By way of new finds and reexaminations of old material, paleontologists have only just started to become acquainted with Agujaceratops, Bistahieversor and other dinosaurs of the southwest’s Late Cretaceous. At the species and genus levels, the southern dinosaurs are different. The big question is, why? Paleontologists know that a shallow, vanished seaway separated dinosaurs on eastern and western subcontinents for millions of years, but on that western subcontinent called Laramidia, there was apparently some other kind of barrier that isolated northern and southern dinosaur populations.
The hypothesis relies on basic evolutionary theory. Isolate populations of an ancestor species in different regions, and through factors such as natural selection and genetic drift, those populations will evolve in different ways. The fact that Agujaceratops, Kosmoceratops and Utahceratops are so different from Chasmosaurus and other northern cousins are a sign that such a barrier was in place. No one has found it yet, though, and a great deal of work remains to be done on whether all these dinosaurs were really contemporaries or reveal a much more complex evolutionary pattern. As these investigations continue, though, Agujaceratops will continue to play an important role as a symbol of isolation and evolution.
Author’s note: This is the first entry in a new series of posts, highlighting fantastic dinosaurs that are little known by the public. You won’t find Archaeopteryx, Brachiosaurus, Tyrannosaurus or other classics on this list. Those dinosaurs are famous enough already. Now it’s time to highlight some of their lesser-known cousins and contemporaries, from Agujaceratops to Zalmoxes.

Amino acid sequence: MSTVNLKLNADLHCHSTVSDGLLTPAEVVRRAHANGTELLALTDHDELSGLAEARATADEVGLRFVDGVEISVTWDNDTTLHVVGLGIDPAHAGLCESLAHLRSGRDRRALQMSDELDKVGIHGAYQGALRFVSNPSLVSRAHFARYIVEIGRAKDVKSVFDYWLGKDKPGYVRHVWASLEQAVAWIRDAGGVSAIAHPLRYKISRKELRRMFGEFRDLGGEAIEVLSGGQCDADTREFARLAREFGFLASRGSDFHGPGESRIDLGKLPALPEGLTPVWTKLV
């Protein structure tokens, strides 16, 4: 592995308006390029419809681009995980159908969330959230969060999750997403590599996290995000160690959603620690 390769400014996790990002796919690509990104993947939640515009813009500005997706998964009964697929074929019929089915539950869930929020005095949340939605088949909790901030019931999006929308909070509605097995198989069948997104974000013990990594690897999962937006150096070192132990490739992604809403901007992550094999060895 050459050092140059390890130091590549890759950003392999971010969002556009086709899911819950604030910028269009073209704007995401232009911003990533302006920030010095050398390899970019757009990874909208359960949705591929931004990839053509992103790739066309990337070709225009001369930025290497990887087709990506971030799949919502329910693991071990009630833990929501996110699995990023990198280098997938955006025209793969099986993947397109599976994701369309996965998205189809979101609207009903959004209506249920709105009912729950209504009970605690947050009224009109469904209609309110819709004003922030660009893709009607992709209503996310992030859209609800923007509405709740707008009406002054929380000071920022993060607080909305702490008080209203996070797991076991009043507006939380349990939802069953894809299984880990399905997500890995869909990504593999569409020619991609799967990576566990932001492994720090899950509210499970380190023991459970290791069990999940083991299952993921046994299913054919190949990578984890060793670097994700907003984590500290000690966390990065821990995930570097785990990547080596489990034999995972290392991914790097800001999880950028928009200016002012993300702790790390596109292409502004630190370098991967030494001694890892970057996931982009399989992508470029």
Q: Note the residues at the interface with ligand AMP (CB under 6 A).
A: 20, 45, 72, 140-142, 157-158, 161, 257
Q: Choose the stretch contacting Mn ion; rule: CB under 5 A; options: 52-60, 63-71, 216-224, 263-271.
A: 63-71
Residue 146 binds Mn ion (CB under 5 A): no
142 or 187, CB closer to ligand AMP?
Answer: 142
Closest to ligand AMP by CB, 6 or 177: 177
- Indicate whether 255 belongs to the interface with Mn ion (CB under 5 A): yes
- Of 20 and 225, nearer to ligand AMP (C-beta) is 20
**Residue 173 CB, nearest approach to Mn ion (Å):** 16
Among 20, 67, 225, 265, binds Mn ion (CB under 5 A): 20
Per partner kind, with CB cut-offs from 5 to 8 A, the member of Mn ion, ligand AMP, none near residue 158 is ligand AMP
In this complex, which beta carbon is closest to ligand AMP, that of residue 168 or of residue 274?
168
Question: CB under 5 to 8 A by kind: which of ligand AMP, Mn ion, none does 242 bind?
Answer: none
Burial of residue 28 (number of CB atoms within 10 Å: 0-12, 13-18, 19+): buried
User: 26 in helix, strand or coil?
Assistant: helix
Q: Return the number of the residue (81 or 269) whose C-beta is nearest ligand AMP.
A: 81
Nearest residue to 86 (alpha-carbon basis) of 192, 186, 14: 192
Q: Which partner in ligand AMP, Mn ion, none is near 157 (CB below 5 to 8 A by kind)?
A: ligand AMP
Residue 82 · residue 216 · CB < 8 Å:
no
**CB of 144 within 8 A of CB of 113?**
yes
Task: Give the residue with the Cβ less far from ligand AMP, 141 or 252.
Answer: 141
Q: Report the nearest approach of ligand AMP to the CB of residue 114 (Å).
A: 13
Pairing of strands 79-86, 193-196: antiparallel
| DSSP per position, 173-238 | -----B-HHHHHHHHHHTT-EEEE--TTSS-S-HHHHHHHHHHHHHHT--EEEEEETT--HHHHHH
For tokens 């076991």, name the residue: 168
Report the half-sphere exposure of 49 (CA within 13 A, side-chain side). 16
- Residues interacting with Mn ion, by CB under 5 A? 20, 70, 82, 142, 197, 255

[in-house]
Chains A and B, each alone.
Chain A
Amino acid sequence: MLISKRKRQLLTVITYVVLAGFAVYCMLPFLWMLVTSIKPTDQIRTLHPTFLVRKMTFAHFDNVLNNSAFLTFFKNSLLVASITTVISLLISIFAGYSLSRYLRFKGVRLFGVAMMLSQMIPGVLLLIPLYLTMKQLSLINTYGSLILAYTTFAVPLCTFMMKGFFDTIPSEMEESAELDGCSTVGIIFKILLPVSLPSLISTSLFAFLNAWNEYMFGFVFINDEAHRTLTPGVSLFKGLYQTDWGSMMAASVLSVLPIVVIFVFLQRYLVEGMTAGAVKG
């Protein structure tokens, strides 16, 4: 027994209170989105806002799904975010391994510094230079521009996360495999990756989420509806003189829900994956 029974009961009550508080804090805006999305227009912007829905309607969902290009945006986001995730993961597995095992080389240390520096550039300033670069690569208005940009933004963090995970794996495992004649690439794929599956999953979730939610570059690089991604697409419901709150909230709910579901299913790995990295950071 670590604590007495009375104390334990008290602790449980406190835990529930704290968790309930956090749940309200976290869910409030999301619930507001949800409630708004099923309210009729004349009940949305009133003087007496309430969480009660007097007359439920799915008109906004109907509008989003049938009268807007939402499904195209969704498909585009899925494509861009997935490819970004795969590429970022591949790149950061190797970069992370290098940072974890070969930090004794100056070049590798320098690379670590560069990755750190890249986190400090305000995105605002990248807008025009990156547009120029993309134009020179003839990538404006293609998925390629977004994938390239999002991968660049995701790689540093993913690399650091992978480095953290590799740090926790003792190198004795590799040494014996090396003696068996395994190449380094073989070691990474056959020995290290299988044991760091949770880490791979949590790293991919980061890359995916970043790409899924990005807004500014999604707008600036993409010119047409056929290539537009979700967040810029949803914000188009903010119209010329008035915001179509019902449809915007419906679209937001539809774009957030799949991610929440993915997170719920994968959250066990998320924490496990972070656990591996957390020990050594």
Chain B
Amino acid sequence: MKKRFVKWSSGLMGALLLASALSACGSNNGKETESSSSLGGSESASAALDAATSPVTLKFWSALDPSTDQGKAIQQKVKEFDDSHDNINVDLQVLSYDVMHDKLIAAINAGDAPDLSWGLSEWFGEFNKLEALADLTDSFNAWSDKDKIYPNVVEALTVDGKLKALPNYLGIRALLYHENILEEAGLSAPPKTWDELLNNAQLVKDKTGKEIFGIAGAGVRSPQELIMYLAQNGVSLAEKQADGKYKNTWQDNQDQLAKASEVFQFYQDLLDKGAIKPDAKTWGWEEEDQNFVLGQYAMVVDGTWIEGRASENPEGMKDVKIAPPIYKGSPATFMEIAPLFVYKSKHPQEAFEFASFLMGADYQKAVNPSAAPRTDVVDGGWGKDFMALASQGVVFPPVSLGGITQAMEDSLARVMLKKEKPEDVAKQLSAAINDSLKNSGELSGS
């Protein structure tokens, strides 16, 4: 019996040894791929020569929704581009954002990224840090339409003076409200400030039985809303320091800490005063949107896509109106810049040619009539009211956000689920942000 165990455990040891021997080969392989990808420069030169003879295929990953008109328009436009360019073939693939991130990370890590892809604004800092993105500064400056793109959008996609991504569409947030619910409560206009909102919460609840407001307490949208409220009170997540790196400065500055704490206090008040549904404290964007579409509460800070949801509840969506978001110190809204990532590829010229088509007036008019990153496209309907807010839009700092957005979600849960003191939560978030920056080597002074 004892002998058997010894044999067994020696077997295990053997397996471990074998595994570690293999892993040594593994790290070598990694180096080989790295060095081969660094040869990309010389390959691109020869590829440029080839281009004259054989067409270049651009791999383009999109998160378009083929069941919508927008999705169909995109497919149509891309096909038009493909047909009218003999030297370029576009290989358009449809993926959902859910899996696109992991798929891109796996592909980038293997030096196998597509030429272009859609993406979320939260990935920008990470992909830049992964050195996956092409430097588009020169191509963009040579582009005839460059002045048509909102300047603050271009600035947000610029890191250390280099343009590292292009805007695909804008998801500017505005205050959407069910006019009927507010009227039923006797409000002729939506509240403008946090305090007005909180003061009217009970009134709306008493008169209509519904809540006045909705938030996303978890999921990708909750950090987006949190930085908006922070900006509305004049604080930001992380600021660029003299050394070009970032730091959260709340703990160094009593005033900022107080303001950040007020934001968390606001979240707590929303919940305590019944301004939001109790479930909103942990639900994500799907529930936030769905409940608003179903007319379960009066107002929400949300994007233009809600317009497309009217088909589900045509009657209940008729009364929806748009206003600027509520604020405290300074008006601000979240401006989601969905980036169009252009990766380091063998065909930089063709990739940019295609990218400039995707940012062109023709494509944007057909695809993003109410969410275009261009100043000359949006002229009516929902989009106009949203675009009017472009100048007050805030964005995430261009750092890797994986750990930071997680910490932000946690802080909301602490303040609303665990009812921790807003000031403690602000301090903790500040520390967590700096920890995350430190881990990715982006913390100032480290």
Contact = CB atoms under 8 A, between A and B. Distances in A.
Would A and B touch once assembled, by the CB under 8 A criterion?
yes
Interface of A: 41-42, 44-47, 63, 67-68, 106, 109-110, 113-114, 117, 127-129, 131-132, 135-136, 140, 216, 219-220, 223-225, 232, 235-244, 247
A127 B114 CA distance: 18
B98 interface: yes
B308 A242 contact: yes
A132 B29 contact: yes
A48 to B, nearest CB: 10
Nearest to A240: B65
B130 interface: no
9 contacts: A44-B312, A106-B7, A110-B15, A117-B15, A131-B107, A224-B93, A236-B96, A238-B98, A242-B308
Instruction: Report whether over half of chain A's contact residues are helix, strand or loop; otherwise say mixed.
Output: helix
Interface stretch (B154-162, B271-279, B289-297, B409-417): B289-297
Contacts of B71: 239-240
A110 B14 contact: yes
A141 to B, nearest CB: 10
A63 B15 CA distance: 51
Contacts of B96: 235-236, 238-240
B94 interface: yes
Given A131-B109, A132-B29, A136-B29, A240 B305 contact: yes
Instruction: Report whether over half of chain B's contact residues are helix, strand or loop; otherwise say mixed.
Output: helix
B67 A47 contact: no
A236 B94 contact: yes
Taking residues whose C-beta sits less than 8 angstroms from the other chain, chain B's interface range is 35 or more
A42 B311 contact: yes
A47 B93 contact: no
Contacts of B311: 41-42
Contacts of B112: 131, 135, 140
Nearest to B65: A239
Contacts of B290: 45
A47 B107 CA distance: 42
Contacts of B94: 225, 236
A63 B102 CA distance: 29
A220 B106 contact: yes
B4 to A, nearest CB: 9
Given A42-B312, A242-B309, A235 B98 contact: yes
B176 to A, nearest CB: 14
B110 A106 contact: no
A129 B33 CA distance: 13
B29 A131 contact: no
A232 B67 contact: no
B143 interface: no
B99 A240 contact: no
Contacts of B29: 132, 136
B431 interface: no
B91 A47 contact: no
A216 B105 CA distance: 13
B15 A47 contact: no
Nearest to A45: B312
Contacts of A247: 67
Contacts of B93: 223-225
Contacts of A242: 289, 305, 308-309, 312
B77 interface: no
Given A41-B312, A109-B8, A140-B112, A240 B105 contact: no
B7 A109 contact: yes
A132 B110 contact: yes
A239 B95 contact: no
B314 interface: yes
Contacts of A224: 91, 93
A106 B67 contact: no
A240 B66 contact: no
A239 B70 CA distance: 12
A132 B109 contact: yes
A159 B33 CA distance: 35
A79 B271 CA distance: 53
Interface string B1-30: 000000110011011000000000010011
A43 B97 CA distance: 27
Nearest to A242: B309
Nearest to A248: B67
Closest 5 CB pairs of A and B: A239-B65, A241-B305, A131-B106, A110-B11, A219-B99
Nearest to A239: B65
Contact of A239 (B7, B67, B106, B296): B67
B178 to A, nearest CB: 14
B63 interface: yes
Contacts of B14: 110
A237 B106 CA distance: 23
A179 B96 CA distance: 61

Forster, C., Sereno, P., Evans, T., Rowe, T. 1993. A complete skull of Chasmosaurus mariscalensis (Dinosauria: Ceratopsidae) from the Aguja Formation (late Campanian) of West Texas, Journal of Vertebrate Paleontology, 13:2, 161-170. doi: 10.1080/02724634.1993.10011498
Lehman, T.1989. Chasmosaurus mariscalensis, sp. nov., a new ceratopsian dinosaur from Texas, Journal of Vertebrate Paleontology, 9:2, 137-162 doi: 10.1080/02724634.1989.10011749
Lucas, S., Sullivan, R., Hunt, A. 2006. Re-evaluation of Pentaceratops and Chasmosaurus (Ornithischia: Ceratopsidae) in the Upper Cretaceous of the Western Interior, in Lucas, S. G. and Sullivan, R.M., eds., 2006, Late Cretaceous vertebrates from the Western Interior. New Mexico Museum of Natural History and Science Bulletin 35.
Sampson, S., Loewen, M., Farke, A., Roberts,E., Forster, C., et al. 2010. New Horned Dinosaurs from Utah Provide Evidence for Intracontinental Dinosaur Endemism. PLOS ONE 5(9): e12292. doi:10.1371/journal.pone.0012292
May 21, 2012
Cretaceous Utah was a strange place. Today’s arid, sage- and juiper-covered badlands in the southern part of the state preserve the remnants of swampy prehistoric environments that sat along the coast of a vanished seaway. And these wet habitats were inhabited by an array of bizarre dinosaurs that paleontologists are still in the process of describing. Among the recent discoveries is Utahceratops gettyi, a roughly 76-million-year-old horned dinosaur that has just been put on display at the Natural History Museum of Utah. (Full disclosure: I am currently a paleontology volunteer at the museum.)
Even though the new Natural History Museum of Utah building opened last fall, the museum is still in the process of installing a few more fossil skeletons. Utahceratops is the latest to be added to the petrified cast, standing right next to the hadrosaurs Gryposaurus and Parasaurolophus. I was happy to see the dinosaur’s skeleton come together in the exhibit last week. There was a full artistic reconstruction in the 2010 paper that described the dinosaur, but it’s another thing altogether to see the dinosaur’s reconstructed skeleton—posed as if to walk right off the museum’s Cretaceous platform and head right out the door.
September 22, 2010